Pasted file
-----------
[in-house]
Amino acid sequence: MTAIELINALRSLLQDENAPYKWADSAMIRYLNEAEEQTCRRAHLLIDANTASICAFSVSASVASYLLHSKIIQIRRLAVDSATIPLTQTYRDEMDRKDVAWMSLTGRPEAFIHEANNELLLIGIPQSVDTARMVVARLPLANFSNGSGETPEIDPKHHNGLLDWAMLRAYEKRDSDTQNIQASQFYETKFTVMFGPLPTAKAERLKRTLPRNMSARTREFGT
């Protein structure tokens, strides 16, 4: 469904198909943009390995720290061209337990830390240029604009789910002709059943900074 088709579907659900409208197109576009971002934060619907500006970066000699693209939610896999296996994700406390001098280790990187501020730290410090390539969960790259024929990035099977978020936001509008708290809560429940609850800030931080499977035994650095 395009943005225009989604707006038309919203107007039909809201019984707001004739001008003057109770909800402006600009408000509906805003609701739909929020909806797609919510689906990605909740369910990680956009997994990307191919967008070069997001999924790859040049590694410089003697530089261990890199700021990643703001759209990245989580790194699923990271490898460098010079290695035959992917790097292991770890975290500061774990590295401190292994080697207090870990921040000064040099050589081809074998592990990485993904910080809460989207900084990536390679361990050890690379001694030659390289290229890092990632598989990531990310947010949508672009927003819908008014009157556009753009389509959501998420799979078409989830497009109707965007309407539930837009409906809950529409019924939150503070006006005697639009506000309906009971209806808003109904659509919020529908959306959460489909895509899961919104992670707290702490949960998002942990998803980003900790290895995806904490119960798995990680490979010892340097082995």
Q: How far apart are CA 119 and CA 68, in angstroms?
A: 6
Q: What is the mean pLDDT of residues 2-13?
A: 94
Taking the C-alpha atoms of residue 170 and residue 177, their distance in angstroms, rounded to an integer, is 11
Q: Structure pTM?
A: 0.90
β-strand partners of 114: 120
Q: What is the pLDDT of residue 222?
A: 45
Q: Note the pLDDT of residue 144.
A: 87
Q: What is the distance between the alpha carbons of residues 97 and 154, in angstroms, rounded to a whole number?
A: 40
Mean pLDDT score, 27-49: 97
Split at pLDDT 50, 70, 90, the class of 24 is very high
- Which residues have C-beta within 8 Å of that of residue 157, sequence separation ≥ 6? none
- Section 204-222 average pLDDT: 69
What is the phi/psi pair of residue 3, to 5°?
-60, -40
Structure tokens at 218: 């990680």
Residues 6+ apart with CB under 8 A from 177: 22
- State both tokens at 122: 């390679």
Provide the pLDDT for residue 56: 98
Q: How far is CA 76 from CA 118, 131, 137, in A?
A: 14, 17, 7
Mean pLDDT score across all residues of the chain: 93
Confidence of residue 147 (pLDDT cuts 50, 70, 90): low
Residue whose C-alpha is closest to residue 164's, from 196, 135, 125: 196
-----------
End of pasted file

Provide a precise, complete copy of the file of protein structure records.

[in-house]
Amino acid sequence: MTAIELINALRSLLQDENAPYKWADSAMIRYLNEAEEQTCRRAHLLIDANTASICAFSVSASVASYLLHSKIIQIRRLAVDSATIPLTQTYRDEMDRKDVAWMSLTGRPEAFIHEANNELLLIGIPQSVDTARMVVARLPLANFSNGSGETPEIDPKHHNGLLDWAMLRAYEKRDSDTQNIQASQFYETKFTVMFGPLPTAKAERLKRTLPRNMSARTREFGT
């Protein structure tokens, strides 16, 4: 469904198909943009390995720290061209337990830390240029604009789910002709059943900074 088709579907659900409208197109576009971002934060619907500006970066000699693209939610896999296996994700406390001098280790990187501020730290410090390539969960790259024929990035099977978020936001509008708290809560429940609850800030931080499977035994650095 395009943005225009989604707006038309919203107007039909809201019984707001004739001008003057109770909800402006600009408000509906805003609701739909929020909806797609919510689906990605909740369910990680956009997994990307191919967008070069997001999924790859040049590694410089003697530089261990890199700021990643703001759209990245989580790194699923990271490898460098010079290695035959992917790097292991770890975290500061774990590295401190292994080697207090870990921040000064040099050589081809074998592990990485993904910080809460989207900084990536390679361990050890690379001694030659390289290229890092990632598989990531990310947010949508672009927003819908008014009157556009753009389509959501998420799979078409989830497009109707965007309407539930837009409906809950529409019924939150503070006006005697639009506000309906009971209806808003109904659509919020529908959306959460489909895509899961919104992670707290702490949960998002942990998803980003900790290895995806904490119960798995990680490979010892340097082995």
Q: How far apart are CA 119 and CA 68, in angstroms?
A: 6
Q: What is the mean pLDDT of residues 2-13?
A: 94
Taking the C-alpha atoms of residue 170 and residue 177, their distance in angstroms, rounded to an integer, is 11
Q: Structure pTM?
A: 0.90
β-strand partners of 114: 120
Q: What is the pLDDT of residue 222?
A: 45
Q: Note the pLDDT of residue 144.
A: 87
Q: What is the distance between the alpha carbons of residues 97 and 154, in angstroms, rounded to a whole number?
A: 40
Mean pLDDT score, 27-49: 97
Split at pLDDT 50, 70, 90, the class of 24 is very high
- Which residues have C-beta within 8 Å of that of residue 157, sequence separation ≥ 6? none
- Section 204-222 average pLDDT: 69
What is the phi/psi pair of residue 3, to 5°?
-60, -40
Structure tokens at 218: 């990680």
Residues 6+ apart with CB under 8 A from 177: 22
- State both tokens at 122: 């390679």
Provide the pLDDT for residue 56: 98
Q: How far is CA 76 from CA 118, 131, 137, in A?
A: 14, 17, 7
Mean pLDDT score across all residues of the chain: 93
Confidence of residue 147 (pLDDT cuts 50, 70, 90): low
Residue whose C-alpha is closest to residue 164's, from 196, 135, 125: 196